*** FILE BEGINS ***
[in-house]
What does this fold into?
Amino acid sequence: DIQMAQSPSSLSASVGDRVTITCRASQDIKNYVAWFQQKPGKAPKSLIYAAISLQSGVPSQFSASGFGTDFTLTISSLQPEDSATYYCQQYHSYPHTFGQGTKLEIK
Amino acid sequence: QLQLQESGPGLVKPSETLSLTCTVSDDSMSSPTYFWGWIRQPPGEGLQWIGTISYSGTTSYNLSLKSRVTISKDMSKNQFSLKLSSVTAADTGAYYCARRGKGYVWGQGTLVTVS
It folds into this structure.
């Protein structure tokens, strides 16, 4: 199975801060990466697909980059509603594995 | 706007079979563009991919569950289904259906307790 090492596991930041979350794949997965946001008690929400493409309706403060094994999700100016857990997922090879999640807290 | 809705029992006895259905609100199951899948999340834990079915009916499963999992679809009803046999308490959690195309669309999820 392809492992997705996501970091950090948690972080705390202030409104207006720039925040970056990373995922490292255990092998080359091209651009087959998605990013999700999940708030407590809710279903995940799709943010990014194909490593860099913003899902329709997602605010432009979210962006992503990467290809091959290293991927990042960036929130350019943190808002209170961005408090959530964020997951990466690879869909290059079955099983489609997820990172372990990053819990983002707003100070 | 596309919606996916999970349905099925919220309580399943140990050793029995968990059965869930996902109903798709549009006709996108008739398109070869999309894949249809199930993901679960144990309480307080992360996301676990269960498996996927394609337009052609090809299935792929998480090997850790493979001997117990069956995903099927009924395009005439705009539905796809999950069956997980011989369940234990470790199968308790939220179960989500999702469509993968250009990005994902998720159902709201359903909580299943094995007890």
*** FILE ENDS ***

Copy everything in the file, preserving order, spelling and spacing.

[in-house]
What does this fold into?
Amino acid sequence: DIQMAQSPSSLSASVGDRVTITCRASQDIKNYVAWFQQKPGKAPKSLIYAAISLQSGVPSQFSASGFGTDFTLTISSLQPEDSATYYCQQYHSYPHTFGQGTKLEIK
Amino acid sequence: QLQLQESGPGLVKPSETLSLTCTVSDDSMSSPTYFWGWIRQPPGEGLQWIGTISYSGTTSYNLSLKSRVTISKDMSKNQFSLKLSSVTAADTGAYYCARRGKGYVWGQGTLVTVS
It folds into this structure.
């Protein structure tokens, strides 16, 4: 199975801060990466697909980059509603594995 | 706007079979563009991919569950289904259906307790 090492596991930041979350794949997965946001008690929400493409309706403060094994999700100016857990997922090879999640807290 | 809705029992006895259905609100199951899948999340834990079915009916499963999992679809009803046999308490959690195309669309999820 392809492992997705996501970091950090948690972080705390202030409104207006720039925040970056990373995922490292255990092998080359091209651009087959998605990013999700999940708030407590809710279903995940799709943010990014194909490593860099913003899902329709997602605010432009979210962006992503990467290809091959290293991927990042960036929130350019943190808002209170961005408090959530964020997951990466690879869909290059079955099983489609997820990172372990990053819990983002707003100070 | 596309919606996916999970349905099925919220309580399943140990050793029995968990059965869930996902109903798709549009006709996108008739398109070869999309894949249809199930993901679960144990309480307080992360996301676990269960498996996927394609337009052609090809299935792929998480090997850790493979001997117990069956995903099927009924395009005439705009539905796809999950069956997980011989369940234990470790199968308790939220179960989500999702469509993968250009990005994902998720159902709201359903909580299943094995007890």